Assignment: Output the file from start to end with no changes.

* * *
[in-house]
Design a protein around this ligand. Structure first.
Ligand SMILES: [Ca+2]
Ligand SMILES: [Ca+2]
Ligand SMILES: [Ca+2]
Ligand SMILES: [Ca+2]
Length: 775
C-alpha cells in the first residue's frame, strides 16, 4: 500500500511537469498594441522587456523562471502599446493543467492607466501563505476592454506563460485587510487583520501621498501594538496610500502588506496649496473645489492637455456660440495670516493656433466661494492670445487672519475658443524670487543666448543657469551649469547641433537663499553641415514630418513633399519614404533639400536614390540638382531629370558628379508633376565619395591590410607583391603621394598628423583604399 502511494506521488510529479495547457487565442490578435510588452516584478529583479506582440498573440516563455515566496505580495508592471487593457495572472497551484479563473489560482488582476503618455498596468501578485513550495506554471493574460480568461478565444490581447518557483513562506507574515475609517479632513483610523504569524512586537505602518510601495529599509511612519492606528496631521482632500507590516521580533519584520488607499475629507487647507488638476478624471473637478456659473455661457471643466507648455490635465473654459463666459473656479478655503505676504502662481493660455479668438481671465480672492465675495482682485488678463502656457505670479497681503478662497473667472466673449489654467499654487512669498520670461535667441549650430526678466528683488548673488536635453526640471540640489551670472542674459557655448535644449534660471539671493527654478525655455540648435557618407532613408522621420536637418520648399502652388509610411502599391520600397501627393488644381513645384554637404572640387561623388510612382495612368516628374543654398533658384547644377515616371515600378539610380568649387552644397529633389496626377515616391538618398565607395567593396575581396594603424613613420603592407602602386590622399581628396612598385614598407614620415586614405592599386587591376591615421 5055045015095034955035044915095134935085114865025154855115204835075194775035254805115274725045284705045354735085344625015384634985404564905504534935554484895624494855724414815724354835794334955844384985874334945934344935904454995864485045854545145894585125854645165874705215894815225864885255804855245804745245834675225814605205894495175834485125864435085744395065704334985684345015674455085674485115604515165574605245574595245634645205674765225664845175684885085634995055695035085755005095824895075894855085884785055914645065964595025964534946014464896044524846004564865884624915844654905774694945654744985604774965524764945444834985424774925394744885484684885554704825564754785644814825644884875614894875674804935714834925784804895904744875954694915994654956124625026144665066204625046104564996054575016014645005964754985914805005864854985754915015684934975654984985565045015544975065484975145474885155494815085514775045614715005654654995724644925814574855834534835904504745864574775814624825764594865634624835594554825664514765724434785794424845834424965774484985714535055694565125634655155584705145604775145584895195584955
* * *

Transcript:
[in-house]
Design a protein around this ligand. Structure first.
Ligand SMILES: [Ca+2]
Ligand SMILES: [Ca+2]
Ligand SMILES: [Ca+2]
Ligand SMILES: [Ca+2]
Length: 775
C-alpha cells in the first residue's frame, strides 16, 4: 500500500511537469498594441522587456523562471502599446493543467492607466501563505476592454506563460485587510487583520501621498501594538496610500502588506496649496473645489492637455456660440495670516493656433466661494492670445487672519475658443524670487543666448543657469551649469547641433537663499553641415514630418513633399519614404533639400536614390540638382531629370558628379508633376565619395591590410607583391603621394598628423583604399 502511494506521488510529479495547457487565442490578435510588452516584478529583479506582440498573440516563455515566496505580495508592471487593457495572472497551484479563473489560482488582476503618455498596468501578485513550495506554471493574460480568461478565444490581447518557483513562506507574515475609517479632513483610523504569524512586537505602518510601495529599509511612519492606528496631521482632500507590516521580533519584520488607499475629507487647507488638476478624471473637478456659473455661457471643466507648455490635465473654459463666459473656479478655503505676504502662481493660455479668438481671465480672492465675495482682485488678463502656457505670479497681503478662497473667472466673449489654467499654487512669498520670461535667441549650430526678466528683488548673488536635453526640471540640489551670472542674459557655448535644449534660471539671493527654478525655455540648435557618407532613408522621420536637418520648399502652388509610411502599391520600397501627393488644381513645384554637404572640387561623388510612382495612368516628374543654398533658384547644377515616371515600378539610380568649387552644397529633389496626377515616391538618398565607395567593396575581396594603424613613420603592407602602386590622399581628396612598385614598407614620415586614405592599386587591376591615421 5055045015095034955035044915095134935085114865025154855115204835075194775035254805115274725045284705045354735085344625015384634985404564905504534935554484895624494855724414815724354835794334955844384985874334945934344935904454995864485045854545145894585125854645165874705215894815225864885255804855245804745245834675225814605205894495175834485125864435085744395065704334985684345015674455085674485115604515165574605245574595245634645205674765225664845175684885085634995055695035085755005095824895075894855085884785055914645065964595025964534946014464896044524846004564865884624915844654905774694945654744985604774965524764945444834985424774925394744885484684885554704825564754785644814825644884875614894875674804935714834925784804895904744875954694915994654956124625026144665066204625046104564996054575016014645005964754985914805005864854985754915015684934975654984985565045015544975065484975145474885155494815085514775045614715005654654995724644925814574855834534835904504745864574775814624825764594865634624835594554825664514765724434785794424845834424965774484985714535055694565125634655155584705145604775145584895195584955